Readings: Ezekiel 37: 1-14, Psalm 130, Romans 8: 6-11, John 11: 1-45
We make short trips into space, visit the moon, and drive cars around the sun (at least “Starman” does). We wage wars on nations from the comfort of our thrones, presidential offices and parliaments. We communicate with people around the world as if they were standing right next to us and we communicate with the people standing right next to us as if they were all around the world. We are finding more questions to ask the numerous search engines that seem to draw us together in a strange, directive kind of way and we are discovering that everybody has their own answer. We have an insane amount of opportunities to develop conspiracy theories from what our neighbours are doing to control the rotation of the moon to what the Illuminati are doing to control human history.
In all of our folly and in all of our wisdom, in all of our weakness and in all of our power, we have come to realise that our existence is fickle and there has to be more to it than getting from one day to the next, from one big exploration or discovery to the next, from one cup of coffee to the next. In all of this, when the doors are locked for fear of the virus, we discover that we exist to love and we exist to be in community. We want to protect those we love and our hearts break when someone we love succumbs to the illness. A tiny little virus like the Corona virus has changed the world by making it even smaller than the World Wide Web has made it. It has forced the world to its knees in a matter of months and it has forced all nations into isolation. It has crippled the world of business, with even the experts in fiscal policies unsure of how the markets will be affected. Even worse, it has forced men and women the world over to do that stuff that they have been getting around to doing in the house for ages and it has increased the price of toilet paper many fold. We have come to fear each other, not because of race or because of age or because of gender but because you never know who is carrying and spreading this tiny little virus that yields so much power over the human race.
Our response to this universal pandemic is mind blowing and it is easy to see how so many would say that with the power it yields; it has to come from God, but it cannot come from God because there is no death and illness in the Kingdom of God and God does not delight in illness and death. Jesus would not be able to defy the Father by healing the sick and raising the dead if death and illness came from God. God is not afraid of death as we are not afraid of death because it is the doorway through which we pass to enter into the fullness of God’s presence. God would be more heartbroken by the fact that we never learn to live before our death than by our death itself.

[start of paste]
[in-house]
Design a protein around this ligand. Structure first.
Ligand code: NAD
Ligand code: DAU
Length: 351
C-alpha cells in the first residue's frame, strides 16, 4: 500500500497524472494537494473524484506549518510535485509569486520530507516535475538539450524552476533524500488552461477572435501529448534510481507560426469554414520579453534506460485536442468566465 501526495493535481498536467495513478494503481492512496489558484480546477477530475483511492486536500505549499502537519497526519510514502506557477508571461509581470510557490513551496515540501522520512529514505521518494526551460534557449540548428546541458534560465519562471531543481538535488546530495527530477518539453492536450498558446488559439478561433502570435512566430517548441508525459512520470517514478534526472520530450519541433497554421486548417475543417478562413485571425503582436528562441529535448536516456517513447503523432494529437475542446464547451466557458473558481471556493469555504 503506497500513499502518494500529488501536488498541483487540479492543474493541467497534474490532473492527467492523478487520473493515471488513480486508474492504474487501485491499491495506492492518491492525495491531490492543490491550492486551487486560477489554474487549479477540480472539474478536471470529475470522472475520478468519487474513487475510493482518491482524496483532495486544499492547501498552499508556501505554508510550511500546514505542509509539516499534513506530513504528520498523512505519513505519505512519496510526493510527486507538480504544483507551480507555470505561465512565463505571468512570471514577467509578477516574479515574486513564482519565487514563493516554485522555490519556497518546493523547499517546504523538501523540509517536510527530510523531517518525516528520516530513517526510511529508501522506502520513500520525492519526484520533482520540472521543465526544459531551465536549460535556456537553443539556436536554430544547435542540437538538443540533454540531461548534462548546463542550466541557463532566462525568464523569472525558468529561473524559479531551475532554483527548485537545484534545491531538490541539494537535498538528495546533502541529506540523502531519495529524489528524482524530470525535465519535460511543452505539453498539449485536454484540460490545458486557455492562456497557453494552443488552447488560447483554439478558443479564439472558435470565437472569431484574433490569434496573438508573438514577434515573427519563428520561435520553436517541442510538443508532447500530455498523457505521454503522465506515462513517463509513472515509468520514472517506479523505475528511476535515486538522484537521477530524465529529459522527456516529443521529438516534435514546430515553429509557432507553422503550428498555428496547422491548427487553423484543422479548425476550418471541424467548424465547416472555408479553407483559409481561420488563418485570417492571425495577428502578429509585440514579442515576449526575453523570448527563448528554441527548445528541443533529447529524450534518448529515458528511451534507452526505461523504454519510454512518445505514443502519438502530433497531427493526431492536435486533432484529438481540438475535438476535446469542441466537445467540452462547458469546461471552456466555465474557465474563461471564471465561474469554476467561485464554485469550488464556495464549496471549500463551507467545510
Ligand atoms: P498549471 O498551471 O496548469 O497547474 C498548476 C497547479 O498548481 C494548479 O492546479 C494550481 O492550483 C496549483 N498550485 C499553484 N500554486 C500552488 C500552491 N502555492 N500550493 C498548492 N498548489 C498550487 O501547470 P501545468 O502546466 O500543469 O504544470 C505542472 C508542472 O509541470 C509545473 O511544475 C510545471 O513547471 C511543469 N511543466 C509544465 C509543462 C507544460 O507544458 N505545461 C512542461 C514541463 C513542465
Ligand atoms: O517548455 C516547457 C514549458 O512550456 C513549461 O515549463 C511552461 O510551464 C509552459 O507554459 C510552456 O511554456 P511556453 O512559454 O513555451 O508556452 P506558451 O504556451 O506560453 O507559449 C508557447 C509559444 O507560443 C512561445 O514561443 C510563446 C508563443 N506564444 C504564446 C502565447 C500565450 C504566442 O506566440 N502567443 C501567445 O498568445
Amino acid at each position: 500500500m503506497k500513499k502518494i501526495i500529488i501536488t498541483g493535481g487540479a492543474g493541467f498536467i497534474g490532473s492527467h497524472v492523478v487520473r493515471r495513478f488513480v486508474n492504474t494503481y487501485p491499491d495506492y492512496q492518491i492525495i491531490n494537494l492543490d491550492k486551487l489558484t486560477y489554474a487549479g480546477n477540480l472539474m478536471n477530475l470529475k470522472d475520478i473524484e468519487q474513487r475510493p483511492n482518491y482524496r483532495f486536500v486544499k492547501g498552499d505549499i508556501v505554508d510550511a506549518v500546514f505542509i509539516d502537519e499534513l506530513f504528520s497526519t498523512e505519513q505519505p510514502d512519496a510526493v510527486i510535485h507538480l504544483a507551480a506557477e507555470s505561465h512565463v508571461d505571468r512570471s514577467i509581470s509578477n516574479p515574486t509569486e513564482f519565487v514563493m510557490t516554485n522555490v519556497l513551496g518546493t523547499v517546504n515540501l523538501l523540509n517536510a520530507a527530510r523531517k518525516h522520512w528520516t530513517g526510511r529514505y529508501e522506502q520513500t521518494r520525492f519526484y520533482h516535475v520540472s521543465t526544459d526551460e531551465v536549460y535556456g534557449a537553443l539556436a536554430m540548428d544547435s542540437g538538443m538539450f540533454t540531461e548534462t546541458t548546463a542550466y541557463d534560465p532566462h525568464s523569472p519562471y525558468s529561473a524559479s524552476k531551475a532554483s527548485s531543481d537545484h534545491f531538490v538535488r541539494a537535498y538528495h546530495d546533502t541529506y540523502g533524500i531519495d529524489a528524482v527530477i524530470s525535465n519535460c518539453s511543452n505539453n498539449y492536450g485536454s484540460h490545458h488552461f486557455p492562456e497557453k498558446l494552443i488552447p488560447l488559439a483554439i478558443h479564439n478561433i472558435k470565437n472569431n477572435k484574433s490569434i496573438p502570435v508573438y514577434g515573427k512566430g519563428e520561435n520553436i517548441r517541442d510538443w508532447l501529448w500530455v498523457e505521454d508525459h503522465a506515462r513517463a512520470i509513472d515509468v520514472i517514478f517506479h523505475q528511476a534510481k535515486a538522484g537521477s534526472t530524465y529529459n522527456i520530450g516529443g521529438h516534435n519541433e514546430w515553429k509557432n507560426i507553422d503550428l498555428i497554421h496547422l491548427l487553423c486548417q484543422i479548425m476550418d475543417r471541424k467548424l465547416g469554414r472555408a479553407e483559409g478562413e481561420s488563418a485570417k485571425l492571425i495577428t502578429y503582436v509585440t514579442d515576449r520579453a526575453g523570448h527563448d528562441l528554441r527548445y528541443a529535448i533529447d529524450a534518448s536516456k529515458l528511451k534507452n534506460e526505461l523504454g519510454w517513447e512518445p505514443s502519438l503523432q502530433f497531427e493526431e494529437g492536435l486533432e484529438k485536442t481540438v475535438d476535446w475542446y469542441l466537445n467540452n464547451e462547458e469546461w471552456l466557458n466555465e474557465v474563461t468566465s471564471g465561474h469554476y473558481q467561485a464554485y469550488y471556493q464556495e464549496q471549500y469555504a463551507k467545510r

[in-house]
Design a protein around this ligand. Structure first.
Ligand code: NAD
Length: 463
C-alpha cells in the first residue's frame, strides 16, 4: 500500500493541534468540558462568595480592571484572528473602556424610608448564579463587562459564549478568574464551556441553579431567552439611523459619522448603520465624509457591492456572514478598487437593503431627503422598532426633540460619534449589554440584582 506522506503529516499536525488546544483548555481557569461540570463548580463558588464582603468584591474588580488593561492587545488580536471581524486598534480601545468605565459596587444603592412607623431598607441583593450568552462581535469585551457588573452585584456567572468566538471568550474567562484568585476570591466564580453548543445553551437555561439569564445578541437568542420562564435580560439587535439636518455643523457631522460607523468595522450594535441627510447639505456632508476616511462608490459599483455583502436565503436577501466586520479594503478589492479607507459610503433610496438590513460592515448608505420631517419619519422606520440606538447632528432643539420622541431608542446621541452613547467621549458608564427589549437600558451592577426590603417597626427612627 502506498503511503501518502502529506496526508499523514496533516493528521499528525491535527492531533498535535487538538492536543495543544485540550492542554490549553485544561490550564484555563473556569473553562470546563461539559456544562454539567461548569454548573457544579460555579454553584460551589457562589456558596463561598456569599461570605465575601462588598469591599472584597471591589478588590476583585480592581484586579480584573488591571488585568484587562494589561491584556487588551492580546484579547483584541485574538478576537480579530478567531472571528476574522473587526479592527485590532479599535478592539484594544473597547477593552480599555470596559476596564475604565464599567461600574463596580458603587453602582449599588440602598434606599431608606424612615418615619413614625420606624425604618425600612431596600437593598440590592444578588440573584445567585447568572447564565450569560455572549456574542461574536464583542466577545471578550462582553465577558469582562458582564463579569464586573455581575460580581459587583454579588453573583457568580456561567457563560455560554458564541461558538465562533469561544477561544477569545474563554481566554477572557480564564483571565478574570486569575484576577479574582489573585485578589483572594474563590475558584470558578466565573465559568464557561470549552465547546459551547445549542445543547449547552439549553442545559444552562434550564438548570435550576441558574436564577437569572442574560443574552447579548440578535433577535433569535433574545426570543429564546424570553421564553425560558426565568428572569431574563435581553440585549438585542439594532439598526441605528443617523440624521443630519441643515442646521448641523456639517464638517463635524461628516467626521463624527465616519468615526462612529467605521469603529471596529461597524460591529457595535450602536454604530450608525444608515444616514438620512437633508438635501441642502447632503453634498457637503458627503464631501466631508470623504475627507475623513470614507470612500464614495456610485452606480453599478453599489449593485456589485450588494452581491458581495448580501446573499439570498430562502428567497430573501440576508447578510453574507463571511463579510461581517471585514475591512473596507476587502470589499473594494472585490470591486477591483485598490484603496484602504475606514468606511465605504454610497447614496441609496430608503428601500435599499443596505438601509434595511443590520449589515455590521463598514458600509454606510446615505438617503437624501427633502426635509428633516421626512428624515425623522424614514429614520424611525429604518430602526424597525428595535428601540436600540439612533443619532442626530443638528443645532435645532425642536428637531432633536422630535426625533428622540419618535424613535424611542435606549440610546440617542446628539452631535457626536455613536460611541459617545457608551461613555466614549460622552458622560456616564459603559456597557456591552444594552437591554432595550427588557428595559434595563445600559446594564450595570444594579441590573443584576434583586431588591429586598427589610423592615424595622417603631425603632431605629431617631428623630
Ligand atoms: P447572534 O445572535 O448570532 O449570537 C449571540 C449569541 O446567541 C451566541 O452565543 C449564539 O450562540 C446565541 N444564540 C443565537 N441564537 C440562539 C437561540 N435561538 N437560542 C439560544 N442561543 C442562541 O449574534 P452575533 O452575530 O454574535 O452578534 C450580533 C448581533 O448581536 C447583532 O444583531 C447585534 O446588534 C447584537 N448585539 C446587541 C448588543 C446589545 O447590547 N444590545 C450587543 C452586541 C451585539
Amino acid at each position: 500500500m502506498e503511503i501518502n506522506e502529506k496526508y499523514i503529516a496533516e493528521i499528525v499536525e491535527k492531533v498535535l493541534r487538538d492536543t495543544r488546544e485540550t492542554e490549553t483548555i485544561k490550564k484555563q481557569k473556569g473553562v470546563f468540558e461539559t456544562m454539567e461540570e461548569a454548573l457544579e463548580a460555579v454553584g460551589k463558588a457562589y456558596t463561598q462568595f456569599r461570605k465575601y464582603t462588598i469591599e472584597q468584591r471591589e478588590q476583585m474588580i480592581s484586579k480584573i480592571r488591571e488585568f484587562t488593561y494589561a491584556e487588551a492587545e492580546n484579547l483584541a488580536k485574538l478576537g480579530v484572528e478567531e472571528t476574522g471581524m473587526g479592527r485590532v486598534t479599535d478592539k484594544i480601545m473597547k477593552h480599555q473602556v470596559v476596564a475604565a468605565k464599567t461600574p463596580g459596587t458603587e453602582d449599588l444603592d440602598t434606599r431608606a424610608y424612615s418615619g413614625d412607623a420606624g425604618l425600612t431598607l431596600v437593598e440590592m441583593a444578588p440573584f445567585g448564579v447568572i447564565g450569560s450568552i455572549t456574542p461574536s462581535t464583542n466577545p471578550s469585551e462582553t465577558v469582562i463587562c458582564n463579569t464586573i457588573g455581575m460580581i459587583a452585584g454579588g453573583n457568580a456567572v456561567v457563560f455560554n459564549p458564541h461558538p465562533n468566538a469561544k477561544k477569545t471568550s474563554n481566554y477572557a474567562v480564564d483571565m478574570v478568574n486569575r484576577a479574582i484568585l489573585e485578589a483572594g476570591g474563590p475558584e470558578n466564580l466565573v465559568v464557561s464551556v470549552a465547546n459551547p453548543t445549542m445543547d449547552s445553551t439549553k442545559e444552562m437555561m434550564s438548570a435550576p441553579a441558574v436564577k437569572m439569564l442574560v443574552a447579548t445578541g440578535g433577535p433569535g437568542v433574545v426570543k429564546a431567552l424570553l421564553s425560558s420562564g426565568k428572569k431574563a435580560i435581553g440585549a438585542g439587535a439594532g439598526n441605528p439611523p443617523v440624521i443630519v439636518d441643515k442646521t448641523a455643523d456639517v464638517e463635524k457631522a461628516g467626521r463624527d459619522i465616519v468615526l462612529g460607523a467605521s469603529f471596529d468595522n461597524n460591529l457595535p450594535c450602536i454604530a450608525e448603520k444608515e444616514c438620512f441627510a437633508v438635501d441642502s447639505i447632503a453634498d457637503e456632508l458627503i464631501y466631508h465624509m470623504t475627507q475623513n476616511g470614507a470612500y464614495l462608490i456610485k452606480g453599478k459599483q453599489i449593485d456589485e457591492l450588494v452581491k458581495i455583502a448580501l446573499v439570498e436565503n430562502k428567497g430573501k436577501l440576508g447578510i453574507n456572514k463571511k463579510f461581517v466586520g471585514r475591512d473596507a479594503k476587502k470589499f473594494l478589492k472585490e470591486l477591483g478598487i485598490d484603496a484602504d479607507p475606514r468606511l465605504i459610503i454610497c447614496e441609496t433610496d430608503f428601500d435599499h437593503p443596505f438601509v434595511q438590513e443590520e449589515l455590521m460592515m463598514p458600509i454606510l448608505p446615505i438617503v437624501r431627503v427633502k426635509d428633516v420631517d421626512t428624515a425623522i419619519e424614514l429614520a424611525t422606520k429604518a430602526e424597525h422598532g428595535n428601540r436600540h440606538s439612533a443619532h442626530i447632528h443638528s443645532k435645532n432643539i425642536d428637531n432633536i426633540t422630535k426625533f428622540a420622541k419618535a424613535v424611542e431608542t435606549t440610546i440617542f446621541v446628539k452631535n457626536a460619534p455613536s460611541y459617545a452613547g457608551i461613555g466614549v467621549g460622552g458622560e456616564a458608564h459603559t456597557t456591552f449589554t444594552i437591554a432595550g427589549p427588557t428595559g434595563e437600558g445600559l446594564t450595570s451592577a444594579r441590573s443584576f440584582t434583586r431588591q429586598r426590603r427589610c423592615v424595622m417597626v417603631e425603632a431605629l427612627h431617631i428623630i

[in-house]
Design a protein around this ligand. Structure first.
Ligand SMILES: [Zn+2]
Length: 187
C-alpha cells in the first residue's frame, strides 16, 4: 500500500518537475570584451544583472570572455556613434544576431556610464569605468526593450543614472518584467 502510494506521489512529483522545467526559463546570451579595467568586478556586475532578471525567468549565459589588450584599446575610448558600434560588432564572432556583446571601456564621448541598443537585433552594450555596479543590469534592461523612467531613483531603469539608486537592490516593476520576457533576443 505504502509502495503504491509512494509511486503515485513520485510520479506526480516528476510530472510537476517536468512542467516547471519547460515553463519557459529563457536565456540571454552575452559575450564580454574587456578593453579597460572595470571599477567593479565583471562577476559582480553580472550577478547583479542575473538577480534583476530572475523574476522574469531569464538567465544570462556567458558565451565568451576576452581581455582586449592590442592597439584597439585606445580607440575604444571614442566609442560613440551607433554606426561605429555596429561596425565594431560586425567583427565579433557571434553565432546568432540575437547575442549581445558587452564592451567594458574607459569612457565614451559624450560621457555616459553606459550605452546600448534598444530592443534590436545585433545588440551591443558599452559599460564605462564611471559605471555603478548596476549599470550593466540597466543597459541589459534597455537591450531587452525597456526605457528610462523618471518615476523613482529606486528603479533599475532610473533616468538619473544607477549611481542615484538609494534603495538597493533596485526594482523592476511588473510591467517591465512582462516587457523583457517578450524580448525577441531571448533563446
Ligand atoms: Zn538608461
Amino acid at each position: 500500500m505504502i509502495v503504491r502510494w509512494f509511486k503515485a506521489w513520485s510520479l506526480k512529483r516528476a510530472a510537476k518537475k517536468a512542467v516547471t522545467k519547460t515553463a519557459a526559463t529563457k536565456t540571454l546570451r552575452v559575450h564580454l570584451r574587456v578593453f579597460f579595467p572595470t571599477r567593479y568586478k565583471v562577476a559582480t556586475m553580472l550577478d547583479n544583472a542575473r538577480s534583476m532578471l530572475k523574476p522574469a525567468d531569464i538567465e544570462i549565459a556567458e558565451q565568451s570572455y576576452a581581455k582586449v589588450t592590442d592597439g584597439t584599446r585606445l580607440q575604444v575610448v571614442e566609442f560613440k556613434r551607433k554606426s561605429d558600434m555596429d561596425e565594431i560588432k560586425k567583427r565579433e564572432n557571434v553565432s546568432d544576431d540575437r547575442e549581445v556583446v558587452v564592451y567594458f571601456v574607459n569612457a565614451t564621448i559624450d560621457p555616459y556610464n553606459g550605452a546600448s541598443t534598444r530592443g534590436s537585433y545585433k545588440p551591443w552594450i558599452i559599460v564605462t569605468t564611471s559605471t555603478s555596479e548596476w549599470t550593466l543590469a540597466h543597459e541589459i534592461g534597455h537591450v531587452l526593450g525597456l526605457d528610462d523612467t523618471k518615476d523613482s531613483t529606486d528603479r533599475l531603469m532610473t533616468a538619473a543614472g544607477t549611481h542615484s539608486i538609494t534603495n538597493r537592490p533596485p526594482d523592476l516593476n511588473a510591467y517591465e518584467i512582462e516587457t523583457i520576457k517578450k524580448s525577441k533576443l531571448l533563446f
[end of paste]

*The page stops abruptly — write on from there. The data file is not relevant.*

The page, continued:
God is present in the redemption of what we have broken though. God is present in this global pandemic and His presence is known in the way in which businesses are assisting governments and the vulnerable in this time. God is present in the way that the medical and pharmaceutical industries around the world are sharing information and not holding onto it for the sake of profit. God is present as churches the world over are realising that putting measures of social distancing and sanitizing in place or that the closing of churches to stem the spread of the virus is not a test of faith, but an opportunity to lower the infection rate and give those with the gift of healing time to find a cure. God is present in the way we care for each other (even if that means we choose not to meet in this season because that is the most loving thing to do) and our caring for each other and helping stem the spread of the virus is our worship to God. God is present in the virus as one person shops for a neighbour whose immunity is weakened. God is present in the realisations that our existence is about community and compassion, about living and not survival. God is present in the grace we experience as we rethink what church looks like and how we are together the body, the Church. The virus might not be from God, but God will be glorified through it.